Terrorist Training School: PVI Collective

Contemporary performance often seems bent on escaping the theatrical frame, eroding the boundaries, and making problematic the relationship between theatre and reality. In Terrorist Training School, the Perth-based performance group PVI abandoned traditional theatrical space altogether, opting for tour buses and trams. Wilson here sets the scene for the 2002 performance and discusses the performative and prescriptive aspects of both the theatrical and real life terrorist attacks taking place in all parts of the contemporary world.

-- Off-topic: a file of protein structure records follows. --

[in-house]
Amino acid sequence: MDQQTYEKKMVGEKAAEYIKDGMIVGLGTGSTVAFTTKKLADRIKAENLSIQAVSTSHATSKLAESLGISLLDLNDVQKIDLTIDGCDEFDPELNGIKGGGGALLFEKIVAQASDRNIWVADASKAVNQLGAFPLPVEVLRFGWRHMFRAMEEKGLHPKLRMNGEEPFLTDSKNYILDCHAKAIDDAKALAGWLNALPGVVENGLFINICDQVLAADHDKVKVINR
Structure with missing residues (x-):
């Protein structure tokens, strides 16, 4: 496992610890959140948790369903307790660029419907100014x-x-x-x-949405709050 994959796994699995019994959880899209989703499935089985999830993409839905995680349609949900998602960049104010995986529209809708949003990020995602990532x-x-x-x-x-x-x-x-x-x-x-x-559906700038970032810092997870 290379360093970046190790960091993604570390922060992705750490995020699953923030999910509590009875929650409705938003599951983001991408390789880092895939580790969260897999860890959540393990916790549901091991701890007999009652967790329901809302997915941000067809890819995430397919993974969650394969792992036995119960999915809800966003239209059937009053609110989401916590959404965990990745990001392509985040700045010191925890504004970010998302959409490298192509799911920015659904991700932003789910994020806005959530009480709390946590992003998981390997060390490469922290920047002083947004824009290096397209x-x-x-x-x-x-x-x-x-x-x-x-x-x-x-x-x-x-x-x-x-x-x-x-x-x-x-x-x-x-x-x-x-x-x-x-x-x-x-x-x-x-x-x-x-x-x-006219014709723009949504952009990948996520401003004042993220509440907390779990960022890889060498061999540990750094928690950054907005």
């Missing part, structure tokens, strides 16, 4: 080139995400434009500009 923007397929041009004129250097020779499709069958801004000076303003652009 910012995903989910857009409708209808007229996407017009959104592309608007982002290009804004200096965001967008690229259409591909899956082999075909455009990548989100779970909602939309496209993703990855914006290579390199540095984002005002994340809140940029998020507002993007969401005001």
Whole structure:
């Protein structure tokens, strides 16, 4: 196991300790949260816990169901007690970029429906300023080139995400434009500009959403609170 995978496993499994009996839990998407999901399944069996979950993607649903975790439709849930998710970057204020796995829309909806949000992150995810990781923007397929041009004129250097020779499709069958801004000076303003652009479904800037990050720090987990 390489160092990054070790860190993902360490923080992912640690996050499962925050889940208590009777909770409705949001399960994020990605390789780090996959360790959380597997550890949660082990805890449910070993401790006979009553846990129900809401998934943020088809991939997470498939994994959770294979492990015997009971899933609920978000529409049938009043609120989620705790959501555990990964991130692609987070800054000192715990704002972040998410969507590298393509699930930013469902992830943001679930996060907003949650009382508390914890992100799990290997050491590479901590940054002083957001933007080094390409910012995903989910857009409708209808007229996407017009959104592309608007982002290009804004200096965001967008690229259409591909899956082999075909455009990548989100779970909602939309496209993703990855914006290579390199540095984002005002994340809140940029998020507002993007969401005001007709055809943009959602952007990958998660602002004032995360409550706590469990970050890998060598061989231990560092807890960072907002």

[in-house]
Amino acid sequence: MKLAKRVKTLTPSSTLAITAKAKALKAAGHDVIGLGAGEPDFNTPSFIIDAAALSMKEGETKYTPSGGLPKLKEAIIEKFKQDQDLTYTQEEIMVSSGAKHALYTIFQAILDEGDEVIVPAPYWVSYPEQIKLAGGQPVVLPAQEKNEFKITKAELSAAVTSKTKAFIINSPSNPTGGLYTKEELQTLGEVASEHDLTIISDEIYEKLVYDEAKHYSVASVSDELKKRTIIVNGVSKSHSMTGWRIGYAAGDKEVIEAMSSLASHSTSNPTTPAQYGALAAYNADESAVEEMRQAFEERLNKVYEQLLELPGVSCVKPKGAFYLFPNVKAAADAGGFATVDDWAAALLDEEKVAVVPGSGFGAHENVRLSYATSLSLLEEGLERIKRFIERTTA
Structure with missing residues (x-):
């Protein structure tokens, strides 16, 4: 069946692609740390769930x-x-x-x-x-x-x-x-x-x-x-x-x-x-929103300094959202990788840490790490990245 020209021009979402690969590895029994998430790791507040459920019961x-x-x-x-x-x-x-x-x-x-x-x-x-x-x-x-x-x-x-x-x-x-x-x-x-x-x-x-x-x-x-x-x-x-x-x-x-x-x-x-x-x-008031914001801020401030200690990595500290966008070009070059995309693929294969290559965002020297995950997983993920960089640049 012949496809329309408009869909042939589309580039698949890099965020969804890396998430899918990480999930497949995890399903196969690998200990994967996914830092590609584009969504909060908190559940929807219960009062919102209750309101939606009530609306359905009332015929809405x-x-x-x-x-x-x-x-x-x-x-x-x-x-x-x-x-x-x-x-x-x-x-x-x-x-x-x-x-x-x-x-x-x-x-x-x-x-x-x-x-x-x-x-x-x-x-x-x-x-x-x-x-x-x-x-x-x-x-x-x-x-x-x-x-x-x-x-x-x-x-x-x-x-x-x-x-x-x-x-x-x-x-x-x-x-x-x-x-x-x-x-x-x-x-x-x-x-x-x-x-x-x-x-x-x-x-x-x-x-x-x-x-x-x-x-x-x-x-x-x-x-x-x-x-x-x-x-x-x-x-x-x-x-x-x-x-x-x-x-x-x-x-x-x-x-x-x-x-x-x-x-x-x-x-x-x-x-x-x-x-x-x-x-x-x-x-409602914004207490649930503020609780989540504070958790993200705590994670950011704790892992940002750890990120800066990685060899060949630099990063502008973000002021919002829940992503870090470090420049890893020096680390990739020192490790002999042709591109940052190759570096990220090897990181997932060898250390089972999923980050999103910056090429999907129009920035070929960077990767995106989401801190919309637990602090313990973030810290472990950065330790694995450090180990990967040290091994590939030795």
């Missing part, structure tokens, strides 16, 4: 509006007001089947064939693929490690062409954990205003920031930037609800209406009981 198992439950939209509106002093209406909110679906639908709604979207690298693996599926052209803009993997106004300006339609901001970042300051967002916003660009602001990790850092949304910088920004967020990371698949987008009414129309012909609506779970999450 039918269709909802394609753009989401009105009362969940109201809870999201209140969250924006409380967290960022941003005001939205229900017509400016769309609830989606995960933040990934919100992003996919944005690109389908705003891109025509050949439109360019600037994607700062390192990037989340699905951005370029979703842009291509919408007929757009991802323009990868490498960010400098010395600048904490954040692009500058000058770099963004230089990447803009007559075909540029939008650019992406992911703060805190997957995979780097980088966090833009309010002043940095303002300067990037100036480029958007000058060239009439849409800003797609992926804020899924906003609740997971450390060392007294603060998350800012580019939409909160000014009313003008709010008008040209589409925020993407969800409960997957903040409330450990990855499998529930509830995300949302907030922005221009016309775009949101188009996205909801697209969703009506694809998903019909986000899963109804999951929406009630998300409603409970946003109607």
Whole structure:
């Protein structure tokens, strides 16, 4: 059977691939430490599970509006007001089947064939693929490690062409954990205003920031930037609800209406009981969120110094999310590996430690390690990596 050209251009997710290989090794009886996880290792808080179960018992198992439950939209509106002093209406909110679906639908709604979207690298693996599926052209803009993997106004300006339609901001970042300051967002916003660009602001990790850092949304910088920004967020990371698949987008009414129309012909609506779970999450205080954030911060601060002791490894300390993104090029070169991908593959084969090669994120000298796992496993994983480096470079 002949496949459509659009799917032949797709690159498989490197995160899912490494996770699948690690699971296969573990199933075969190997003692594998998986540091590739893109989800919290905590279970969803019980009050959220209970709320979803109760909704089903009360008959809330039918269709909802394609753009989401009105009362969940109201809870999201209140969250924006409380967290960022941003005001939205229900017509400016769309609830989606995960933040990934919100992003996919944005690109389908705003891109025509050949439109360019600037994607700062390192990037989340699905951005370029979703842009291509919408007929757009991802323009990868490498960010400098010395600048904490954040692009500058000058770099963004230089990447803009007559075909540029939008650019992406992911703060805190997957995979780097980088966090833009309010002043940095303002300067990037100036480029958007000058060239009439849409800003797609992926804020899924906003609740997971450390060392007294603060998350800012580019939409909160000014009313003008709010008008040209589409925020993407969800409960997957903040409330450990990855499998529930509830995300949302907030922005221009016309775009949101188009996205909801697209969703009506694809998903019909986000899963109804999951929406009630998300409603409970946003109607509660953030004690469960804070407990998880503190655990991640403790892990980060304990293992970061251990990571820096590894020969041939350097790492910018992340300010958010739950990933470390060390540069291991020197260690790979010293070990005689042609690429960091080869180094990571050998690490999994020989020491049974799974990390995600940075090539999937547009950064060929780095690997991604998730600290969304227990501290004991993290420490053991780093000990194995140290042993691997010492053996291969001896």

One of my favorite lines from my cynical youth is this: Perth's heaven, but I'm too young to die. This modality still circulates among certain sectors of our isolated community. It's hard not to join in, and who can deny that parody is a great antidote to despair. And it is true - it can get to you. The local paper, the Labor party, the Perthonalities who pepper the pages of the Sunday Times& Perth is easily coded as banal space, a kind of second-rate simulacra of real places that you must inhabit ironically unless you want to grow old and die of boredom in the suburbs. And if Perth is susceptible to such characterisation, the rest of Australia is not immune. The recent Commonwealth Government security campaign mobilises the image of a benign beach and barbie island paradise in order to dramatise the threat from outside our borders. But as we all know, benign paradises have their own local terrors.